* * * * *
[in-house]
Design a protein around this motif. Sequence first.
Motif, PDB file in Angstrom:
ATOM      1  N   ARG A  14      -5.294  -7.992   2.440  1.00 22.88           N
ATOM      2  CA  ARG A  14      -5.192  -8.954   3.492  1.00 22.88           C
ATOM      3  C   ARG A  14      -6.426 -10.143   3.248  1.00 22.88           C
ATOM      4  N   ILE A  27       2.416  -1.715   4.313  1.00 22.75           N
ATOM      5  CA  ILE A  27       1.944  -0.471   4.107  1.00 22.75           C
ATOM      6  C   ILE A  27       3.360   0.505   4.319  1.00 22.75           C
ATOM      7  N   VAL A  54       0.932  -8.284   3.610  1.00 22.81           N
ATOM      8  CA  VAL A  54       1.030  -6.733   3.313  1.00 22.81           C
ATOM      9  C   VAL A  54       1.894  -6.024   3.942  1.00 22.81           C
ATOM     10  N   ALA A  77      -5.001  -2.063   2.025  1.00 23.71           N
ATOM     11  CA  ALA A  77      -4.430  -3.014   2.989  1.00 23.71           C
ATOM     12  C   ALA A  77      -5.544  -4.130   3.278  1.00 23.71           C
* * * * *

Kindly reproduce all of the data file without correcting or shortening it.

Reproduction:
[in-house]
Design a protein around this motif. Sequence first.
Motif, PDB file in Angstrom:
ATOM      1  N   ARG A  14      -5.294  -7.992   2.440  1.00 22.88           N
ATOM      2  CA  ARG A  14      -5.192  -8.954   3.492  1.00 22.88           C
ATOM      3  C   ARG A  14      -6.426 -10.143   3.248  1.00 22.88           C
ATOM      4  N   ILE A  27       2.416  -1.715   4.313  1.00 22.75           N
ATOM      5  CA  ILE A  27       1.944  -0.471   4.107  1.00 22.75           C
ATOM      6  C   ILE A  27       3.360   0.505   4.319  1.00 22.75           C
ATOM      7  N   VAL A  54       0.932  -8.284   3.610  1.00 22.81           N
ATOM      8  CA  VAL A  54       1.030  -6.733   3.313  1.00 22.81           C
ATOM      9  C   VAL A  54       1.894  -6.024   3.942  1.00 22.81           C
ATOM     10  N   ALA A  77      -5.001  -2.063   2.025  1.00 23.71           N
ATOM     11  CA  ALA A  77      -4.430  -3.014   2.989  1.00 23.71           C
ATOM     12  C   ALA A  77      -5.544  -4.130   3.278  1.00 23.71           C